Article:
Fernando Alonso airlifted to hospital during testing in Barcelona

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McLaren has confirmed that Fernando Alonso is “uninjured and fine” following an accident during F1 pre-season testing at the Circuit de Barcelona-Catalunya today.

The Spaniard crashed in his McLaren MP4-30 between turns three and four on the circuit towards the end of the afternoon session on Sunday, requiring medical attention.

Spokespersons from the FIA and McLaren confirmed that Alonso was conscious and talking, but was then airlifted to a nearby hospital for medical checks.

“Today at 12:35 CET, while testing at the Circuit de Catalunya (Barcelona), during the fourth and final day of the current test, Fernando Alonso’s McLaren-Honda car left the track at turn three, causing the right-hand side of his car to strike the wall,” a statement from the the team read.

“Fernando was driven to the circuit’s Medical Centre where the circuit’s doctors gave him first aid. ‘He was conscious and spoke with the doctors.

“However, as per usual procedure in such circumstances, he was then airlifted to hospital where he is undergoing precautionary checks. We will issue a further update in due course.”

The team confirmed one hour later that Alonso was “uninjured and fine” following a CT scan at the local hospital.

The Spaniard had completed 20 laps in the morning session for the team and was set to hand the car over to teammate Jenson Button for the afternoon in Barcelona. However, McLaren opted to end its programme early as a result of the incident.

Alonso’s accident brought the morning running to an early end, and the start to the afternoon session was delayed by 15 minutes as a result of the incident.

His manager, Luis Garcia Abad, has tweeted that the Spaniard is “ok and conscious”, and thanked fans for their concern.

The team has declined to comment on the cause of the accident, and will issue further updates on Alonso’s condition as necessary.

IndyCar disappointed by delay of video game but aiming to launch at start of 2024

IndyCar video game 2024

An IndyCar executive said there is “absolutely” disappointment that its long-awaited video game recently was delayed beyond its target date, but the series remains optimistic about the new title.

“Well, I don’t know how quick it will be, but the whole situation is important to us,” Penske Entertainment president and CEO Mark Miles said during a news conference Monday morning to announce IndyCar’s NTT title sponsorship. “Motorsport Games has spent a lot of money, a lot of effort to create an IndyCar title. What we’ve seen of that effort, which is not completely obvious, is very reassuring.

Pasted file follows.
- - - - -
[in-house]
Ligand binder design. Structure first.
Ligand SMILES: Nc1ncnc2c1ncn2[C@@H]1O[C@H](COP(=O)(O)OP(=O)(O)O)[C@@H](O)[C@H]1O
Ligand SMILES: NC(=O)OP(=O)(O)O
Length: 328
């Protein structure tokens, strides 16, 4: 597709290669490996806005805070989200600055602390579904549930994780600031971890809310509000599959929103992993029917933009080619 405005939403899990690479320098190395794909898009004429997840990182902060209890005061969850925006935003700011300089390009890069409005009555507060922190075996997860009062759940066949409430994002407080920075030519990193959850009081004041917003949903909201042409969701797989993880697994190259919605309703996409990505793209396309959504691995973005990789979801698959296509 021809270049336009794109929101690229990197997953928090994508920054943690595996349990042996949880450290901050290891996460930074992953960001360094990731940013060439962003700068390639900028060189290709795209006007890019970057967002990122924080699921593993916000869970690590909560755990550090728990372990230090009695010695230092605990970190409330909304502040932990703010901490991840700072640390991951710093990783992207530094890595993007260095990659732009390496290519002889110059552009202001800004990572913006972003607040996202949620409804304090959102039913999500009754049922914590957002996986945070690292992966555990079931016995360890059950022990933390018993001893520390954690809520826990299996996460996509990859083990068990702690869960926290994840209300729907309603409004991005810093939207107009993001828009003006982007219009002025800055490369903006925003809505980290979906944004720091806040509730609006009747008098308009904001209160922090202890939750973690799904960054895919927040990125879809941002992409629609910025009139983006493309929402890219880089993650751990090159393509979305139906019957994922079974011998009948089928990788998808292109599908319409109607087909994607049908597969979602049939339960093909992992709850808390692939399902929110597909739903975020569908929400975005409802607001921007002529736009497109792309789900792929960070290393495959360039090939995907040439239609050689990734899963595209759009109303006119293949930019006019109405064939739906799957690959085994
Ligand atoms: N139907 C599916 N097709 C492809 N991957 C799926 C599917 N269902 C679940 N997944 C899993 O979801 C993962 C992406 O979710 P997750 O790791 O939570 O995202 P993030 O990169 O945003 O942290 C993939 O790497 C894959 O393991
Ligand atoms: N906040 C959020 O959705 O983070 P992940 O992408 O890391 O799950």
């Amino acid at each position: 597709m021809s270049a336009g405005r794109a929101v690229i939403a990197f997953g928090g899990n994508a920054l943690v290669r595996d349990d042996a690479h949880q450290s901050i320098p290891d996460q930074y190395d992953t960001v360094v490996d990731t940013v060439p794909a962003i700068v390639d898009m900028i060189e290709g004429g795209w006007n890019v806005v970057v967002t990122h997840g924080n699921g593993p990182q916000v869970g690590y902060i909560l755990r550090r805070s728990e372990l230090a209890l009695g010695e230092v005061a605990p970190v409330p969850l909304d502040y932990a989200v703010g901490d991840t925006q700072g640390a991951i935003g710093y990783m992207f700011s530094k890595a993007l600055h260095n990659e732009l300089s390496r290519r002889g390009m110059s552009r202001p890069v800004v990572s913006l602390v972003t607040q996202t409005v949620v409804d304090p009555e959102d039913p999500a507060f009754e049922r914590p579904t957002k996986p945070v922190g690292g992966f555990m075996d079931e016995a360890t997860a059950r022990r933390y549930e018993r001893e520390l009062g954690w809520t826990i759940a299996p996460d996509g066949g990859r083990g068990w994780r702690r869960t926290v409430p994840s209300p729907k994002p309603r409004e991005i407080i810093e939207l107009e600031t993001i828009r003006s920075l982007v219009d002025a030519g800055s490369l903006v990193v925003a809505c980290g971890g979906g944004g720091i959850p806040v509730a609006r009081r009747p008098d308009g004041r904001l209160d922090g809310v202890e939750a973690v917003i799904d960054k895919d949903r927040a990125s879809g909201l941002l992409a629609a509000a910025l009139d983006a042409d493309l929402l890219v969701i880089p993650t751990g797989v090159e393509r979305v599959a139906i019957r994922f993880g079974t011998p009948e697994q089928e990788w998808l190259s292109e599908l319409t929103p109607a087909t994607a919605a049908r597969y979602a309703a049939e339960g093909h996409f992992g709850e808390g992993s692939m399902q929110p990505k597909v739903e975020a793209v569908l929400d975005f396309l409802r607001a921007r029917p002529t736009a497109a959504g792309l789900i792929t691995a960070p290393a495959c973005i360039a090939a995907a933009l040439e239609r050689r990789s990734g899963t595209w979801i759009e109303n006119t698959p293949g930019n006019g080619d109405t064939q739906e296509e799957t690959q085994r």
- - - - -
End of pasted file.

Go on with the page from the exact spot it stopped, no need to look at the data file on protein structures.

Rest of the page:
“I think it’s going to be outstanding. That’s our shared objective, that when it is released, it’s just widely accepted. A great credit both to IndyCar racing, the Indianapolis Motor Speedway, something that our fans love.”

In June 2021, IndyCar announced a new partnership with Motorsport Games to create and distribute an IndyCar video game for the PC and Xbox and PlayStation consoles in 2023.

But during an earnings call last week, Motorsport Games said the IndyCar game had been delayed to 2024 to ensure high quality.

Somewhat compounding the delay is that IndyCar’s license for iRacing expired after the end of the 2022 season because of its exclusive agreement with Motorsport Games.

That’s resulted in significant changes for IndyCar on iRacing, which had provided a high-profile way for the series to stay visible during its 2020 shutdown from the pandemic. (Players still can race an unbranded car but don’t race on current IndyCar tracks, nor can they stream).

That’s helped ratchet up the attention on having a video game outlet for IndyCar.

“I wish we had an IndyCar title 10 years ago,” said Miles, who has been working with the organization since 2013. “We’ve been close, but we’ve had these I think speed bumps.”

IndyCar is hopeful the Motorsports Game edition will be ready at the start of 2024. Miles hinted that beta versions could be unveiled to reporters ahead of the time “to begin to show the progress in a narrow way to make sure we’ve got it right, to test the progress so that we’re ready when they’re ready.”

It’s been nearly 18 years since the release of the most recent IndyCar video game for console or PC.

“(We) better get it right,” Miles said. “It’s something we’re very close to and continue to think about what it is to make sure we get it over the line in due course.”